Pancreatic Cancer

Overview

What Is Pancreatic Cancer?

The pancreas is an organ that plays a vital role in your digestive system, producing enzymes to help digest food and hormones to regulate blood sugar. The most common pancreatic cancer is called adenocarcinoma, a disease that remains medically challenging because it’s typically caught late.

At Aurora Health Care, you’ll find a nationally recognized team working to provide the best possible pancreatic cancer care. When our team finds pancreatic cancer in early stages, surgeons provide safe and effective ways to remove it. In other cases, your team offers the latest options to treat the cancer and improve your quality of life. Research continues into new and promising approaches.

Causes

What Causes Pancreatic Cancer?

Doctors and researchers don’t know exactly why people get pancreatic cancer. They have identified risk factors that can increase your chance of developing the disease:

  • Having diabetes
  • Being exposed to certain chemicals
  • Aging, with almost all pancreatic cancer in people over 45 and the majority in those over 65
  • Having a scarred liver (cirrhosis)
  • Being overweight, especially people with obesity
  • Smoking or using other tobacco
  • Experiencing repeated inflammation in your pancreas from chronic pancreatitis

Hereditary Risk for Pancreatic Cancer

Pancreatitis, pancreatic cancer and related cancers can run in families. Up to 10% of pancreatic cancers are tied to inherited genetic mutations that increase your chance of developing the disease. With genetic factors in mind, Aurora offers you two additional sources of help:

  • Genetic risk assessment: You can speak with a genetic counselor and potentially get tested for inherited mutations. Learn more about genetic counseling and testing.
  • Screening: Staff at our Familial Pancreatic Cancer Screening Program can speak with you about your potential risk. If needed, a specially trained gastroenterologist can use endoscopic ultrasound (EUS) to check for signs of the disease at regular intervals. Call 888-333-1306 or 414-385-2476.

Symptoms

Signs & Symptoms of Pancreatic Cancer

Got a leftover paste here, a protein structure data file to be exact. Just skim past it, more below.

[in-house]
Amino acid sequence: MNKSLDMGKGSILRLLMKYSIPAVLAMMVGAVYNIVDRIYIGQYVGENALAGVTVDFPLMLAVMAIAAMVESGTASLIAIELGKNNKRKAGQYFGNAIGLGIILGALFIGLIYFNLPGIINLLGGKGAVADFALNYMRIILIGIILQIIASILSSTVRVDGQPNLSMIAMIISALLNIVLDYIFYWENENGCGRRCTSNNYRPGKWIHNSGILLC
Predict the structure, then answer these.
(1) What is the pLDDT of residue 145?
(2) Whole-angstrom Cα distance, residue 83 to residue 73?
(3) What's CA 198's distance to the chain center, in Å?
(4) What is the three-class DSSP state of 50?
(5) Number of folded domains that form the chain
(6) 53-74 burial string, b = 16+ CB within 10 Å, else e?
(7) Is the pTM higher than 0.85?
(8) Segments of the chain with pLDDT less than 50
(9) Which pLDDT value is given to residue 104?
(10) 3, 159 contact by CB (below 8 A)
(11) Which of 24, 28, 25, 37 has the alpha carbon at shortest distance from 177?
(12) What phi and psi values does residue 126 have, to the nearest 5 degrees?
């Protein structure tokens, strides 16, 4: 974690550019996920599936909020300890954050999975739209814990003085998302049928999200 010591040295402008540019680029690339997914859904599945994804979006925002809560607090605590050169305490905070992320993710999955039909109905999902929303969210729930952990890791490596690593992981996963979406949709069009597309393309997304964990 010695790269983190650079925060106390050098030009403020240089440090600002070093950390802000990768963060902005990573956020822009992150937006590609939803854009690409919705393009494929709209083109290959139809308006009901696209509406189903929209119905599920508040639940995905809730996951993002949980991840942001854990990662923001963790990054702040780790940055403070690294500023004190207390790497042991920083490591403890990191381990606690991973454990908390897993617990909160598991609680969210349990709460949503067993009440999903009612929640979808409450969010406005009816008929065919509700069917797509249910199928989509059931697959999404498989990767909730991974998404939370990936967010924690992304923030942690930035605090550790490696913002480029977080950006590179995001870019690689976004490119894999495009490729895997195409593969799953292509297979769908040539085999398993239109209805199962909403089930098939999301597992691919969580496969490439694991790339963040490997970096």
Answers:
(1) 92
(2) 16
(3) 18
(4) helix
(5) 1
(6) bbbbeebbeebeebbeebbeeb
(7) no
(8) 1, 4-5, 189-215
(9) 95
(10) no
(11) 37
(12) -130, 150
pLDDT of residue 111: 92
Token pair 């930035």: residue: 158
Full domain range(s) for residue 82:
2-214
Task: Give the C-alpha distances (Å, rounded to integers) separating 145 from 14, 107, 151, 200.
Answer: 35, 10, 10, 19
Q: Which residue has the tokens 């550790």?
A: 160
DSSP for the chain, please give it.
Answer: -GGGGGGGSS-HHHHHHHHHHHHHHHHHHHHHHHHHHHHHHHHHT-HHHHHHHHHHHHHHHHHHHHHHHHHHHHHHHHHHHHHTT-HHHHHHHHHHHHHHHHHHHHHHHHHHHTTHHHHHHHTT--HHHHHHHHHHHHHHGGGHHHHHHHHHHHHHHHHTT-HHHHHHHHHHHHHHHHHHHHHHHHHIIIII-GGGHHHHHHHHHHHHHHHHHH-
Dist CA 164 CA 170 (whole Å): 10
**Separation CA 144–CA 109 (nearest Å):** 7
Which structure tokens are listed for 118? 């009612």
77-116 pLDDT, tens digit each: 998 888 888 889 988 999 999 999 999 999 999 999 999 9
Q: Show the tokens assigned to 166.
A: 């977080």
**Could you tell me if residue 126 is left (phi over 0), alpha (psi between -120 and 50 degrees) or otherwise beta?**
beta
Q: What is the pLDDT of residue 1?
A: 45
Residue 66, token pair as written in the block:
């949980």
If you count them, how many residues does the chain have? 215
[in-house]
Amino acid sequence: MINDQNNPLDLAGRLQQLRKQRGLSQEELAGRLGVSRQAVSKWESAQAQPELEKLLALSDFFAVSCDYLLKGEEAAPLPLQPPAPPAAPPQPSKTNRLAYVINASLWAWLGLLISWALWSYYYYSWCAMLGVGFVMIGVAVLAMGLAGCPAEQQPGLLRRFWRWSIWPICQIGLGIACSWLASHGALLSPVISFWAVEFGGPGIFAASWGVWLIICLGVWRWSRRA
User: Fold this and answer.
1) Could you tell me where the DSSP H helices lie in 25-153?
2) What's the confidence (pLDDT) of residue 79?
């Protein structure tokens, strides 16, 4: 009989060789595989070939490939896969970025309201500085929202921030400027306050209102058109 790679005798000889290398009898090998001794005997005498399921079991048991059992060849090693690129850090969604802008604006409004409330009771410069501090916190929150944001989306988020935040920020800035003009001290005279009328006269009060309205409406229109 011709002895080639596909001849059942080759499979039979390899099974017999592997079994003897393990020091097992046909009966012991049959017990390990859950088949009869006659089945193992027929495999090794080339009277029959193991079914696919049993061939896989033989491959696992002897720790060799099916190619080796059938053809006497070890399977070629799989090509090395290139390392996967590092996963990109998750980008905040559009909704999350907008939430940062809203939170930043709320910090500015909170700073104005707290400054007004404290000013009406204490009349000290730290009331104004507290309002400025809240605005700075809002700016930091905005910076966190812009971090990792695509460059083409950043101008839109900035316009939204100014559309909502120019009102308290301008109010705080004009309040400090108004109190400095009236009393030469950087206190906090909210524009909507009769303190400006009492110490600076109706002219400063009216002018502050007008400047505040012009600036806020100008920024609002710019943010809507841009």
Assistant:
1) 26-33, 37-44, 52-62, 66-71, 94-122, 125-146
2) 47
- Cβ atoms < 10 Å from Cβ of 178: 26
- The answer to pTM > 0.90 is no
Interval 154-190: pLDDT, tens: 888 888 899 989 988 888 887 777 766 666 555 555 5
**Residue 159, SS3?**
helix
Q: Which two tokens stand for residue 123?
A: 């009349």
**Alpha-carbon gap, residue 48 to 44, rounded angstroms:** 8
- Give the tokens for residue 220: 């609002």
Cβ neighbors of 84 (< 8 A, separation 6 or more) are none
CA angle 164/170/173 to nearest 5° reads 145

Symptoms of pancreatic cancer often don’t appear until the disease has spread outside the pancreas. These symptoms overlap with those caused by other diseases and can include:

  • Abdominal or back pain
  • Loss of appetite
  • Nausea or vomiting
  • Swelling of the abdomen
  • Weight loss
  • Yellowing of skin and whites of eyes (jaundice)

Diagnosis

Diagnosing Pancreatic Cancer

Your doctor usually starts with a complete physical exam and questions about your symptoms, medical history and family. Blood tests evaluate liver function and look for substances tumors typically produce. If doctors find a tumor, they may take a sample of it.

Most people undergo imaging tests, with options that include:

  • Computed tomography (CT): Multiple X-rays show the pancreas and surrounding organs.
  • Endoscopic ultrasound: A thin tube (endoscope) with a light and a camera goes through the mouth and down into the stomach, where it uses sound waves to examine the nearby pancreas.
  • Endoscopic retrograde cholangiopancreatography (ERCP): An endoscope goes through the mouth down to the small intestine, inserting contrast dye so the pancreatic and bile ducts show up better on X-rays. Learn more about endoscopic retrograde cholangiopancreatography.

Treatment

Treatments for Pancreatic Cancer

Your team offers a number of approaches to treat pancreatic cancer, often using them in combination. They work with you to determine the best treatments in the best order for you. Treatments include:

  • Ablation: Ablation destroys tumors with heat, cold or electricity, delivered through a needle or during minimally invasive surgery. At diagnosis, many pancreatic cancers are too extensive for standard surgery but have not yet spread elsewhere in the body. A newer cancer ablation, NanoKnife, provides an effective option for these locally advanced cancers with a 2015 study showing a doubled survival rate.
  • Chemotherapy: Chemotherapy drugs destroy cancerous cells throughout the body but can also damage some healthy cells. Your team might recommend chemotherapy to shrink tumors before surgery, catch cancerous cells after surgery or treat late-stage disease.